Selfish charity?

Georgia Behrens questions the virtue of voluntourism in the developing world

Voluntourism feature
Voluntourism inset
Cartoon: Erin Rooney

“Change your life by changing someone else’s!”

It’s a tantalising prospect. Go to an impoverished nation, make a difference in a child’s life, immerse yourself in a community and a culture, and help combat global poverty. And, to top it all off, you’ll emerge a better-rounded and more enlightened human being, with a fresh perspective on the world around you.

It’s a vision being sold to – and bought by – hundreds of thousands of well-intentioned young people around the world. But beneath the glossy brochures, slick websites and heartfelt testimonials lies a reality far removed from this marketable idyll.

Go to an impoverished nation, build some semi-permanent structures, take a few happy snaps with some emaciated (but not too emaciated) children. Along the way, chuck in some white-water rafting, bare-back horseriding, a safari and some exotic cuisines. Return home, clutter up everyone’s Facebook newsfeed with your album, “African adventure!”, and tell lots of long-winded stories about your experience of “the real Africa.” Above all, rest assured that the company that organised your African adventure has made a substantial profit off your misguided sense of altruism, and that you’ll have another line to add to your highly-cultivated resume.

Around the world, ‘voluntourism’ has emerged as a popular alternative to Contiki Tours for young Western students with time and money to burn.  For many, it’s an opportunity to spend their gap year or university holidays ‘meaningfully’ or ‘authentically’. For others, it’s a means to distinguish themselves in the eyes of educational institutions or potential employers. And, with an expanding range of companies offering up pre-packaged travel-cum-volunteering schemes to aspiring do-gooders, the developing world has never looked so appealing.

The vast majority of these programs allow participants to combine volunteer work with extensive recreational activities and leisure time, and offer constant in-country medical, security, and personal support.

It’s a winning formula. A study conducted in 2011 by UK think tank Demos found that the western ‘voluntourism’ industry reaps annual profits in the region of £6 billion (AUD $8.73 billion). Moreover, 90% of the students surveyed in the same study concluded that they had returned from their volunteering experience with heightened self-confidence, self-reliance, and sense of motivation.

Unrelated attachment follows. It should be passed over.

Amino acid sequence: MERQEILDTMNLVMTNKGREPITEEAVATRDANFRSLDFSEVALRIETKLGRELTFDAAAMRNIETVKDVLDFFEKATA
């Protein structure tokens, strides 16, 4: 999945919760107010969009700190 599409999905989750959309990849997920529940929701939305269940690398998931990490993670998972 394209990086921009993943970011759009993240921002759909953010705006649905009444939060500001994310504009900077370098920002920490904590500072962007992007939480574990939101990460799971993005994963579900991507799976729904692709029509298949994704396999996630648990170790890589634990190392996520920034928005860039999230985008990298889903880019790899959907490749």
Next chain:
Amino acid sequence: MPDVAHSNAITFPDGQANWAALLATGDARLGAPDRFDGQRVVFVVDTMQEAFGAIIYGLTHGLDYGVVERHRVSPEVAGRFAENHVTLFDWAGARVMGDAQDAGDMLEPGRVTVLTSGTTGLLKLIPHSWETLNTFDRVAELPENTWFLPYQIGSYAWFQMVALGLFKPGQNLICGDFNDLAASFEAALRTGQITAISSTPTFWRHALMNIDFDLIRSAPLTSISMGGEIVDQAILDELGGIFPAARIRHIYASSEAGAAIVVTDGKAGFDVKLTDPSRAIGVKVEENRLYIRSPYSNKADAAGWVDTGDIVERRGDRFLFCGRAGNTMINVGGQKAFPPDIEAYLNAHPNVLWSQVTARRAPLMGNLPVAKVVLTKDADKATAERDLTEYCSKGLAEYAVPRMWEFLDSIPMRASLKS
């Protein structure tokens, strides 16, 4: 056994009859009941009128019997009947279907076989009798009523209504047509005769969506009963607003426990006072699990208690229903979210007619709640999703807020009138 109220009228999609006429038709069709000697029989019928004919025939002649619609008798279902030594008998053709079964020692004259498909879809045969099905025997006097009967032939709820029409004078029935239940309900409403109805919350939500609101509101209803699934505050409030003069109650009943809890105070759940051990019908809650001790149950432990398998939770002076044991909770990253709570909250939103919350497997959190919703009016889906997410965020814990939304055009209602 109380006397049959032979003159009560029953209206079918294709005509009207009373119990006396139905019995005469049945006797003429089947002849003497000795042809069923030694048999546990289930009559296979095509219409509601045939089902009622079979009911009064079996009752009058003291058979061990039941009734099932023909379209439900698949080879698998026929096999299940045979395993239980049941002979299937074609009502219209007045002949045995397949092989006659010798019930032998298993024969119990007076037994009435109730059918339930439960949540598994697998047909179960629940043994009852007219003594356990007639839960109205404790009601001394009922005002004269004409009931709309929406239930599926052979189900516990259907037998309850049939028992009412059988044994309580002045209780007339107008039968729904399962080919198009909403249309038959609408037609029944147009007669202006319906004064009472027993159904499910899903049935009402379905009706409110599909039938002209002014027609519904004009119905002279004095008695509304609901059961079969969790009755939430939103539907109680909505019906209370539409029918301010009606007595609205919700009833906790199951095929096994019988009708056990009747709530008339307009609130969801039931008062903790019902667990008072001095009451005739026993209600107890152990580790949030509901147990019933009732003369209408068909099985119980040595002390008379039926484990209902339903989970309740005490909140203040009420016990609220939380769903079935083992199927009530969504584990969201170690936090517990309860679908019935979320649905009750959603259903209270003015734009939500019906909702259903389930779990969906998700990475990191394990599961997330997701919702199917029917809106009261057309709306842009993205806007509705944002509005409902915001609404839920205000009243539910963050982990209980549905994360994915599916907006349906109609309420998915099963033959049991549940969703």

What, though, of the supposed beneficiaries of all this benevolence? Here, unfortunately, the news is not so good.

At best, student volunteers are often unnecessary and inefficacious. While the majority of not-for-profit organisations choose their volunteers based on candidates’ skills, abilities and suitability for each assignment, most of their for-profit counterparts simply require the payment of a “program fee” (often amounting to several thousand dollars) to ensure an applicant’s eligibility to volunteer.

As such, the vast majority of students arrive in Africa, Asia, or the Pacific Islands armed with little more than their enthusiasm.  Without tertiary qualifications, professional expertise or work experience, very few are equipped for anything other than unskilled labour. And, in countries such as Mozambique, where the unemployment rate is at 60% and only 20% of the population finishes high school, there is anything but a shortage of unskilled labourers looking for work to do. A common outcome is that volunteers end up performing tasks that have almost no importance to their local community, with one in five students telling Demos that they felt they had had little to no lasting impact upon the community that they had worked in.